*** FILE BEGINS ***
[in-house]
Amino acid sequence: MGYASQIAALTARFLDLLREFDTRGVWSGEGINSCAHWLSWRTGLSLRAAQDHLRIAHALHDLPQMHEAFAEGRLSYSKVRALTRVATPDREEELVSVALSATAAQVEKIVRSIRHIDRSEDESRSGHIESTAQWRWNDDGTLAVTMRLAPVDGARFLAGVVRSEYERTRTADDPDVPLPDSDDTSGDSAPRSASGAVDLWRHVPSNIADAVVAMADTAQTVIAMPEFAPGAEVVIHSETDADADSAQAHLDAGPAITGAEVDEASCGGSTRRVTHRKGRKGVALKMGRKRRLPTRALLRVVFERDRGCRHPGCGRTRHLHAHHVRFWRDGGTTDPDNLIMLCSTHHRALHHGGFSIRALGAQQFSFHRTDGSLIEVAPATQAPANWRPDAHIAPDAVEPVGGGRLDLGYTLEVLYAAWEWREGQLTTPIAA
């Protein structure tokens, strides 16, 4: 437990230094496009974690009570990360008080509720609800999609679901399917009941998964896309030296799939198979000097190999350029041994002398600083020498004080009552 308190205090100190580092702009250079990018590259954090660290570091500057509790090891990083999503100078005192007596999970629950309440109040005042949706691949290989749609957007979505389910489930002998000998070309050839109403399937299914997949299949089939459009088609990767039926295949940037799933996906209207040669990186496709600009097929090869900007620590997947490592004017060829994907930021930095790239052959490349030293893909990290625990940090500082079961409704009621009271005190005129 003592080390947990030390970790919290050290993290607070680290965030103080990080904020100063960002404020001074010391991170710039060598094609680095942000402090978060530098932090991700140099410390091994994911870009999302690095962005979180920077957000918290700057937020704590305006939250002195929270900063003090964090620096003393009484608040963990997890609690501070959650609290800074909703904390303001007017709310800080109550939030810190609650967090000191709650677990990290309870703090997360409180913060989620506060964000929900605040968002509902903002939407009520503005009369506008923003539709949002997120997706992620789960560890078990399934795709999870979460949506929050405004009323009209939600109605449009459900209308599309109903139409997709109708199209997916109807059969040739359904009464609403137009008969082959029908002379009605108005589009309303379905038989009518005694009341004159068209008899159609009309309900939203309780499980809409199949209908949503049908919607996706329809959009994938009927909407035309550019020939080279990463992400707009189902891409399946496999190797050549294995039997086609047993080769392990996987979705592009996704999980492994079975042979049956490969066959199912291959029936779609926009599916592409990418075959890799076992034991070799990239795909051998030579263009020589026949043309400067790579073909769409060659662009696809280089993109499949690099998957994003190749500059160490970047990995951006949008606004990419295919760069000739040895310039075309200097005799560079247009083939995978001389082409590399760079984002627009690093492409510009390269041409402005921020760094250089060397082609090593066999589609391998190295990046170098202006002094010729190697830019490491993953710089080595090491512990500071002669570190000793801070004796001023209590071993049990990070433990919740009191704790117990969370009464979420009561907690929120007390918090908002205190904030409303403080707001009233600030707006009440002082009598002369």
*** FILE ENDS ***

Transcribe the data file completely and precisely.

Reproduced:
[in-house]
Amino acid sequence: MGYASQIAALTARFLDLLREFDTRGVWSGEGINSCAHWLSWRTGLSLRAAQDHLRIAHALHDLPQMHEAFAEGRLSYSKVRALTRVATPDREEELVSVALSATAAQVEKIVRSIRHIDRSEDESRSGHIESTAQWRWNDDGTLAVTMRLAPVDGARFLAGVVRSEYERTRTADDPDVPLPDSDDTSGDSAPRSASGAVDLWRHVPSNIADAVVAMADTAQTVIAMPEFAPGAEVVIHSETDADADSAQAHLDAGPAITGAEVDEASCGGSTRRVTHRKGRKGVALKMGRKRRLPTRALLRVVFERDRGCRHPGCGRTRHLHAHHVRFWRDGGTTDPDNLIMLCSTHHRALHHGGFSIRALGAQQFSFHRTDGSLIEVAPATQAPANWRPDAHIAPDAVEPVGGGRLDLGYTLEVLYAAWEWREGQLTTPIAA
């Protein structure tokens, strides 16, 4: 437990230094496009974690009570990360008080509720609800999609679901399917009941998964896309030296799939198979000097190999350029041994002398600083020498004080009552 308190205090100190580092702009250079990018590259954090660290570091500057509790090891990083999503100078005192007596999970629950309440109040005042949706691949290989749609957007979505389910489930002998000998070309050839109403399937299914997949299949089939459009088609990767039926295949940037799933996906209207040669990186496709600009097929090869900007620590997947490592004017060829994907930021930095790239052959490349030293893909990290625990940090500082079961409704009621009271005190005129 003592080390947990030390970790919290050290993290607070680290965030103080990080904020100063960002404020001074010391991170710039060598094609680095942000402090978060530098932090991700140099410390091994994911870009999302690095962005979180920077957000918290700057937020704590305006939250002195929270900063003090964090620096003393009484608040963990997890609690501070959650609290800074909703904390303001007017709310800080109550939030810190609650967090000191709650677990990290309870703090997360409180913060989620506060964000929900605040968002509902903002939407009520503005009369506008923003539709949002997120997706992620789960560890078990399934795709999870979460949506929050405004009323009209939600109605449009459900209308599309109903139409997709109708199209997916109807059969040739359904009464609403137009008969082959029908002379009605108005589009309303379905038989009518005694009341004159068209008899159609009309309900939203309780499980809409199949209908949503049908919607996706329809959009994938009927909407035309550019020939080279990463992400707009189902891409399946496999190797050549294995039997086609047993080769392990996987979705592009996704999980492994079975042979049956490969066959199912291959029936779609926009599916592409990418075959890799076992034991070799990239795909051998030579263009020589026949043309400067790579073909769409060659662009696809280089993109499949690099998957994003190749500059160490970047990995951006949008606004990419295919760069000739040895310039075309200097005799560079247009083939995978001389082409590399760079984002627009690093492409510009390269041409402005921020760094250089060397082609090593066999589609391998190295990046170098202006002094010729190697830019490491993953710089080595090491512990500071002669570190000793801070004796001023209590071993049990990070433990919740009191704790117990969370009464979420009561907690929120007390918090908002205190904030409303403080707001009233600030707006009440002082009598002369």